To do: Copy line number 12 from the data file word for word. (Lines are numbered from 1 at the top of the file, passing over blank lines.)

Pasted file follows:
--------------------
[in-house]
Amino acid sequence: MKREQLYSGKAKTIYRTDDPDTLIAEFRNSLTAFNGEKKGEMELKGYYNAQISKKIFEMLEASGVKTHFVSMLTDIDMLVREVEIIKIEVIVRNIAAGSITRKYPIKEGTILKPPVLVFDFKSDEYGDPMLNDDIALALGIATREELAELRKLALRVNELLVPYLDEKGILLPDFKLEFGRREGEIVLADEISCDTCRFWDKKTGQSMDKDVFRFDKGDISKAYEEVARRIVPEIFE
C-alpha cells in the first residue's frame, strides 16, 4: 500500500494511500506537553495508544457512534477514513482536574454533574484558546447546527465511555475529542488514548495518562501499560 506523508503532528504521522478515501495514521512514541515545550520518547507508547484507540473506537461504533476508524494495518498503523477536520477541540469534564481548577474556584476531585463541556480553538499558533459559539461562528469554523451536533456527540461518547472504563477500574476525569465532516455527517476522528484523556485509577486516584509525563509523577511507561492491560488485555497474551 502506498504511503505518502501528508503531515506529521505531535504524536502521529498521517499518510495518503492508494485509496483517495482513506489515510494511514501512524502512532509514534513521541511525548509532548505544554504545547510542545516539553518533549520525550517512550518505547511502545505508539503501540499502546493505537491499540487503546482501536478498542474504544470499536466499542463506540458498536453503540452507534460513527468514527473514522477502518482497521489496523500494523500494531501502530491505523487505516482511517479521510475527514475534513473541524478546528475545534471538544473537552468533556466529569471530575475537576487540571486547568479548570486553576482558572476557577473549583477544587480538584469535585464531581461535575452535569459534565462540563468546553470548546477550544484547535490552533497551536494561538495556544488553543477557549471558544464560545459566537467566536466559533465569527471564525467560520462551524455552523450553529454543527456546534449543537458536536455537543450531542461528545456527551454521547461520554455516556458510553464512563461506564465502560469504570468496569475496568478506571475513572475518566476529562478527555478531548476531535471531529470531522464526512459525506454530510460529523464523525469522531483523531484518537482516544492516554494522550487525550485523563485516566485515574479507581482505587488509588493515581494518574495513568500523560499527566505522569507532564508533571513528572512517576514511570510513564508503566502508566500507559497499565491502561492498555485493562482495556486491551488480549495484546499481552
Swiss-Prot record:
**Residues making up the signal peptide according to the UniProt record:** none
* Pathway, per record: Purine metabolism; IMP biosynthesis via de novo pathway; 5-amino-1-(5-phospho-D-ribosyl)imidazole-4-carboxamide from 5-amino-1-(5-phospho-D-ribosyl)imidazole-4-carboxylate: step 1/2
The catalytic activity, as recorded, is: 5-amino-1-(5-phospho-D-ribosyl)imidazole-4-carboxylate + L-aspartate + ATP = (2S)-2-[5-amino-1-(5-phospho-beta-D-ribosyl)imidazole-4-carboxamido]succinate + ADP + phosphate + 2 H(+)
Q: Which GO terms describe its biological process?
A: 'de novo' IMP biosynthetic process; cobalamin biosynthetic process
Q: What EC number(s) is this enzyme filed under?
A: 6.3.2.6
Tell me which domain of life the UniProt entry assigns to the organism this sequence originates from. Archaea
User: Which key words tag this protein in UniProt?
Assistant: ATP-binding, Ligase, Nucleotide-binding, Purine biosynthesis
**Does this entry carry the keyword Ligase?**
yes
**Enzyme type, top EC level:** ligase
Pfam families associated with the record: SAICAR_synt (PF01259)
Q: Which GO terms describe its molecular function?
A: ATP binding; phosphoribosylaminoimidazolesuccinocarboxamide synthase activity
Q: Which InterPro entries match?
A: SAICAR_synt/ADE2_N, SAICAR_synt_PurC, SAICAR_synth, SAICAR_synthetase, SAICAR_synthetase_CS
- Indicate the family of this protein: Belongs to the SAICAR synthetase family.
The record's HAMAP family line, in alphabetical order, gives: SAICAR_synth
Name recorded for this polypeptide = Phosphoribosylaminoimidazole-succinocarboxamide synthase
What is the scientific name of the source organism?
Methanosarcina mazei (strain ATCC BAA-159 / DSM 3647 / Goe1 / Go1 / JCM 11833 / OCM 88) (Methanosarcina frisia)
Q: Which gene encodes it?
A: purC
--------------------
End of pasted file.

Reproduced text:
Tell me which domain of life the UniProt entry assigns to the organism this sequence originates from. Archaea